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David Bowie Is exhibition review

'The V&A was given unprecedented access to the David Bowie Archive to curate the first international retrospective of the extraordinary career of David Bowie. David Bowie is featured more than 300 objects that include handwritten lyrics, original costumes, fashion, photography, film, music videos, set designs and Bowie's own instruments.'

When my husband said, “David Bowie’s died’ early on Monday morning, I was shocked.

So was the world. I looked at social media and joined in finding lots of images of his brilliant life.

I decided to change this week to a David Bowie special.

The morning turned to sadness as I listen to Lauren Lavern’s show.

6 music dedicated the whole day to Bowie, fans writing in with their feelings and stories.

I don’t have a Bowie tale to tell. I wasn't lucky enough to meet him, I never worked with him, I didn’t go and see him live when I was 8, a dance teacher didn’t introduce his music to me. He has just always been there, his talent and creativity woven into a rich tapestry of culture; music, fashion, vision.

The closest I’ve ever been to Bowie was the

David Bowie Is exhibition at the V&A in 2013.

The best selling ‘retrospective of his extraordinary career, one of the most pioneering and influential artists of modern times.’

I went 3 times, I was a member so one could rock up whenever with a friend.

The exhibition was a wonderful collection of music, footage, original costumes, handwritten lyrics, photography, set design, artwork and rare performance material.

The exhibition book is an excellent reference,

click the pic to buy.

Entering the exhibition and a single costume designed by Kansai Yamamoto for the Aladdin Sane tour, where he toured as Ziggy Stardust for 183 shows in 1972-73.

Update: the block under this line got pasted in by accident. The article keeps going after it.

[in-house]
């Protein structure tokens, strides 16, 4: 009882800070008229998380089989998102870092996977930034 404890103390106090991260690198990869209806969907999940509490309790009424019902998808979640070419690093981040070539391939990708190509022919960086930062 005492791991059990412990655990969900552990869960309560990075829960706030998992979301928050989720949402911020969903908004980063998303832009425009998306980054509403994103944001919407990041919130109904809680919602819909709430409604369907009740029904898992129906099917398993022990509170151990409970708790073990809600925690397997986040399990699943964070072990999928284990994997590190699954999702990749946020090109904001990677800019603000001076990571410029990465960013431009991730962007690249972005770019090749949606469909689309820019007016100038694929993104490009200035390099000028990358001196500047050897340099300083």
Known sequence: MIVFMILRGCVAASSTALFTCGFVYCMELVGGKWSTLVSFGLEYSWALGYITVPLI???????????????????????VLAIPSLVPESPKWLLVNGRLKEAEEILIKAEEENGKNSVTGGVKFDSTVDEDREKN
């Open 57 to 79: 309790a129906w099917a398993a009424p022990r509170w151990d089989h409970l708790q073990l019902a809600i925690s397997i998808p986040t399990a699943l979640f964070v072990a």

A stage stage showing footage from Bowie's early years

A floor to ceiling screen of his first performance on Top of the Pops,with his Starman costume on a mannequin.

It’s hard to imagine seeing him for the first time in 1972, must of blow the minds of a generation. He looked like he landed from another galaxy. The only way to see music then was 30 minutes once a week on the BBC. There wasn’t the music saturation there is now.

A space scene with Space Oddity playing, a song about a fictional astronaut, Major Tom, was released around the time of the United States Apollo 11 mission to the moon, in 1969. There’s a crowd looking into a little space.

A big glass box with Fashion playing and some costume and artwork.

Leading to a large room with the Kansai Yamamoto cape hanging from the ceiling surrounded by flying books, a reference to his love of books.

The space is jam packed with costume, photography, artwork, handwritten lyrics.

I love this costume in a box,

Love Duffy's photographs.

David Bowie and pet take part in a promotional shoot for 'Diamond Dogs' in 1974.

Photography by Terry O’Neill

And the disturbing artwork for Diamond Dogs, huge on the wall.

There's an area with lots of Bowie’s original costumes.

A wall of TV’s with Bowie’s music videos being played.

My husband is thrilled to see his work on the screens.

(Music Friday is all Bowie)

The exhibition dips into Berlin.

The last big room has huge screens with live performance, setdesign and costume.

A cinema room ‘David Bowie Is Someone Else’ with his film performances.

Then a room with more costume, photo and film.

'David Bowie Is Forever Now'

I love the show, seeing David Bowie’s huge body of work up close.

He was a visionary, an inspiration, an icon.

He will be missed, but never gone.

Thank you V&A keep up the good work.



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